Buyers of service vehicles want equipment to perform a series of specified, repeatable service tasks in a particular environment, and they want the equipment to reliably perform those tasks for the duration of its service life with the lowest lifetime cost of ownership.
The Shermac team has a deep understanding of operating in remote areas of Australia, so we can relate to the tough conditions and environment customers deal with on a daily basis. Our engineers and designers seek input from all stakeholders including operators, supervisors and maintenance staff to get a detailed understanding of performance objectives and operating environment.
Once Shermac engineers understand the tasks to be performed and the operating environment, they can specify the operating ‘envelope’ of the vehicle – this is the designed operating capability of a system to perform as intended within defined thresholds, and the rules and constraints to ensure the equipment operates within that envelope.
The intended use of the vehicle will determine the number and type of tanks, the fluid volumes to be carried and the configuration of delivery systems. Operating environment considerations include factors such as terrain – hilly or flat, hard or soft, climate and distance travelled.
Once all the critical operating parameters are understood, the appropriate chassis can be determined. Off-road specifications vary greatly, and one 8 x 4 chassis may have double the carrying capacity of another, and this might be the difference between carrying 50% more fuel and result in significant changes in vehicle uptime and productivity. In addition, items such as roll-over protection, bull bars and tools all add weight that must be considered in load and distribution calculations.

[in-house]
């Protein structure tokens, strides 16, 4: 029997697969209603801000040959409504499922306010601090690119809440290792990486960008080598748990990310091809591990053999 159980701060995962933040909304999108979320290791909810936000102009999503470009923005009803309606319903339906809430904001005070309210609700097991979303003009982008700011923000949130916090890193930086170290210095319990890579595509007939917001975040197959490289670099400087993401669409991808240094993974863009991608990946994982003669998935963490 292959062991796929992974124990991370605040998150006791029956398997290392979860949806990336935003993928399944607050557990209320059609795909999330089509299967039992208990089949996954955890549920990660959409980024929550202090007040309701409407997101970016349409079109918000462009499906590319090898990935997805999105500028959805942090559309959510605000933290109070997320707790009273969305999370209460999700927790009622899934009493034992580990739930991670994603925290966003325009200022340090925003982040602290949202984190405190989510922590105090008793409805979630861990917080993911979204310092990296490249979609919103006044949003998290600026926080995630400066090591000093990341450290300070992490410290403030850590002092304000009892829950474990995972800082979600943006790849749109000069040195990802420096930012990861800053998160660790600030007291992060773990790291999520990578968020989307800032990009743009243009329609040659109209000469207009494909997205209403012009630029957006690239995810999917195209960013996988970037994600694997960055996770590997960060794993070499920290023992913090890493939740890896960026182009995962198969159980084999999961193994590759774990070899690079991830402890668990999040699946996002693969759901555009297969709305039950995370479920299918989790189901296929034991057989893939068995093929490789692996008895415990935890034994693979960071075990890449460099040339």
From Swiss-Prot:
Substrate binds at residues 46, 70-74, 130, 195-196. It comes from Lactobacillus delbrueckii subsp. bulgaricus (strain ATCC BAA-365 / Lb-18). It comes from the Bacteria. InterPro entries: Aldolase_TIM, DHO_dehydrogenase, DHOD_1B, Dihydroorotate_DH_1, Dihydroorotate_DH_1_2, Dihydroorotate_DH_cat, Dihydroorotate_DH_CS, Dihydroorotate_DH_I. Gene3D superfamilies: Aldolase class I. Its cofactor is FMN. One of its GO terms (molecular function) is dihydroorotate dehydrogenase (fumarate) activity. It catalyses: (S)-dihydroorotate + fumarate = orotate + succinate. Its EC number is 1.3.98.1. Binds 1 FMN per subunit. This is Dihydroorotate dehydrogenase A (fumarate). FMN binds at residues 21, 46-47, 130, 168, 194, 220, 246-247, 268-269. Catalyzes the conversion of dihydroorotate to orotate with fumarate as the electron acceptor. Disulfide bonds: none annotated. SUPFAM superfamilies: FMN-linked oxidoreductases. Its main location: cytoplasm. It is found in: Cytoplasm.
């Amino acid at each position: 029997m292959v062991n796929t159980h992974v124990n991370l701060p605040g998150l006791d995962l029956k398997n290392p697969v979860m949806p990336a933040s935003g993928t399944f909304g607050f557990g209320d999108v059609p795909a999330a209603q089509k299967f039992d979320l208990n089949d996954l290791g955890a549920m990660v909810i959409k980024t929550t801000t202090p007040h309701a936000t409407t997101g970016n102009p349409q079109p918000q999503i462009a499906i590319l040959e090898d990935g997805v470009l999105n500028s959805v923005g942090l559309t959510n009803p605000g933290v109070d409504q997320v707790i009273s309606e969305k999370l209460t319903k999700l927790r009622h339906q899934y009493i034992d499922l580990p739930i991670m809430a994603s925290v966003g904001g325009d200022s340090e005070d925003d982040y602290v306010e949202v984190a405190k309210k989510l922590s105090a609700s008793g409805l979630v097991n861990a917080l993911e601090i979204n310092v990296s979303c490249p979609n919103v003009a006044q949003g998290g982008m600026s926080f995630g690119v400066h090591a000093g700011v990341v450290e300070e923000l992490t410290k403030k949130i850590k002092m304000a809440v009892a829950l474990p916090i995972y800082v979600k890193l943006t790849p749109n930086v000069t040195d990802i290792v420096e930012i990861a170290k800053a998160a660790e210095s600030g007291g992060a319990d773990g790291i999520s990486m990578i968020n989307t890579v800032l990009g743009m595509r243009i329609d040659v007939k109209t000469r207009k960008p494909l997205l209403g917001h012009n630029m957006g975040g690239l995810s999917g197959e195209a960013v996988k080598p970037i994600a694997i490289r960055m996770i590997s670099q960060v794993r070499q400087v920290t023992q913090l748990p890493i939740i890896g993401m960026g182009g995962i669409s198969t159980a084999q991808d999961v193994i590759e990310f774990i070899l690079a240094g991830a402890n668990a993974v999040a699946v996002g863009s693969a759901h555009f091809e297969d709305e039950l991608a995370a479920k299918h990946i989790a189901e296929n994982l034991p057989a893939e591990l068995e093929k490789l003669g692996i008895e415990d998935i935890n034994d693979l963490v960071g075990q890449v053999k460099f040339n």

While the design of the vehicle is critical to utilisation, productivity and performance, management must ensure that operating practices adhere absolutely to operations within the asset’s designed operating envelope as this is the single most crucial factor in minimising Total Cost of Ownership (TCO).
This is the critical argument when comparing a standard off-the-shelf service vehicle to a custom-built vehicle. A standard configuration vehicle might be appealing to a buyer if it has a lower initial up-front cost, but the purchase is high-risk as the vehicle might be expected to perform outside of its designed operating envelope and the result will be a much higher TCO due to productivity, maintenance, service and repair overheads. A custom designed product operating within a carefully considered envelope will afford better value for money with maximum productivity and the lowest lifetime cost.
Most buyers will realise significantly lower TCO with a customised vehicle than a standard configuration. Customisation requires an understanding of the specific challenges faced by any customer, a deep-seated intellectual curiosity to look for ways to solve problems and do things better, and concept-to-delivery engineering and manufacturing capabilities. The crucial part of our process is the ability to listen to our customers, build relationships, and design solutions that best suit our clients’ needs and requirements.